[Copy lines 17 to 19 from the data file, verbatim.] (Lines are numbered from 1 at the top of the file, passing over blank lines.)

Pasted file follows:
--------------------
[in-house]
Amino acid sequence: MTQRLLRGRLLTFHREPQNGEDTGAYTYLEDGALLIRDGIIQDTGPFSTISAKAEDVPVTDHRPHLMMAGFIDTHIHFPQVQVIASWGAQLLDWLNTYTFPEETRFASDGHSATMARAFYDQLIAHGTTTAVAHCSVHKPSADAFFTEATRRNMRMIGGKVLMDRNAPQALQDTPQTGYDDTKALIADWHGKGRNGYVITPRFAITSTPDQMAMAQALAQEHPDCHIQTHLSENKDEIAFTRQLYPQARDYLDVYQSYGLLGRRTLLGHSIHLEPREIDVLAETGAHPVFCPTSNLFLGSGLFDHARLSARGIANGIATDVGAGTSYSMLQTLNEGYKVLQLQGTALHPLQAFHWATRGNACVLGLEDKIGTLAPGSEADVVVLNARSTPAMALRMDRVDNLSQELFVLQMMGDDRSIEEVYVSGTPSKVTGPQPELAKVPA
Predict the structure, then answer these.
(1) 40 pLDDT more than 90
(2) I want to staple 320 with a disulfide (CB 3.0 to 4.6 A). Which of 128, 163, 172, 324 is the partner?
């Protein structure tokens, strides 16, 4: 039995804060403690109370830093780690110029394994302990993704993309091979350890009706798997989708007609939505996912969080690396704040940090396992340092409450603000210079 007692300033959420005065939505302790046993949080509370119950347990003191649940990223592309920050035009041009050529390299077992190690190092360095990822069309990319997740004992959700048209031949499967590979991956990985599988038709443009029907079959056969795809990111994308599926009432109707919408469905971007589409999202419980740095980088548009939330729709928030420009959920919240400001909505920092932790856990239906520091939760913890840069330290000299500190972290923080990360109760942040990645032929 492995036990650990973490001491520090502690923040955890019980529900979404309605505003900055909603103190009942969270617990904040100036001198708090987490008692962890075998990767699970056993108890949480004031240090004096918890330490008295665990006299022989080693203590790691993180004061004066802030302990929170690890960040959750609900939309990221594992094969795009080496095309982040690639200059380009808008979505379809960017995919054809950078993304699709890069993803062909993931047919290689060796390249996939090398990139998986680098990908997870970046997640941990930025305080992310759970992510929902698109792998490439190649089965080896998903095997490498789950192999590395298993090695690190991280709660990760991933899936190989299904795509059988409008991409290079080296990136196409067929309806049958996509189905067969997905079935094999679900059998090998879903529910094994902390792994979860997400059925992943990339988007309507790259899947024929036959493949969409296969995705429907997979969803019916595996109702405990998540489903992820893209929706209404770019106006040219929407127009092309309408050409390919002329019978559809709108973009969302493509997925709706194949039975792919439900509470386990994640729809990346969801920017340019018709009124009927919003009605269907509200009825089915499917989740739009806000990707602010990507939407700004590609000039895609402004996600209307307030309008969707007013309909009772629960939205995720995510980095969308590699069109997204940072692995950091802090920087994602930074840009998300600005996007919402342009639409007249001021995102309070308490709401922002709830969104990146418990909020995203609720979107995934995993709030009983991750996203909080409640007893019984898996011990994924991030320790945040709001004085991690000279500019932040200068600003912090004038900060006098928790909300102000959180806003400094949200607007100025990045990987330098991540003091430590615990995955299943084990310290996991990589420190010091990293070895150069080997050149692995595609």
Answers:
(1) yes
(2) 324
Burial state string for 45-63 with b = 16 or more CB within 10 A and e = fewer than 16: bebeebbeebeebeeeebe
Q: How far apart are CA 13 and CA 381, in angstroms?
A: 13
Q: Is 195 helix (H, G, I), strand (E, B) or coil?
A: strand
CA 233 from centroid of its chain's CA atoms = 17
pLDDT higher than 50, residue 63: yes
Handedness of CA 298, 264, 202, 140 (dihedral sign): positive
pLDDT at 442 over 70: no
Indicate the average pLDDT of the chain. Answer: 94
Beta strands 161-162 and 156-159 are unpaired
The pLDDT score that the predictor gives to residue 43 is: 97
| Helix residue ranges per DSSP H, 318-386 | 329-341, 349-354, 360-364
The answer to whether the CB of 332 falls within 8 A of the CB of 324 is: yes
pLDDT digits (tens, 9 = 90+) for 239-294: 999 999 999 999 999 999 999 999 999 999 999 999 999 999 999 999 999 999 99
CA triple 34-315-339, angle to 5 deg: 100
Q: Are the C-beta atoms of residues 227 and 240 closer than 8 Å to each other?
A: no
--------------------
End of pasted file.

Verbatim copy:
Handedness of CA 298, 264, 202, 140 (dihedral sign): positive
pLDDT at 442 over 70: no
Indicate the average pLDDT of the chain. Answer: 94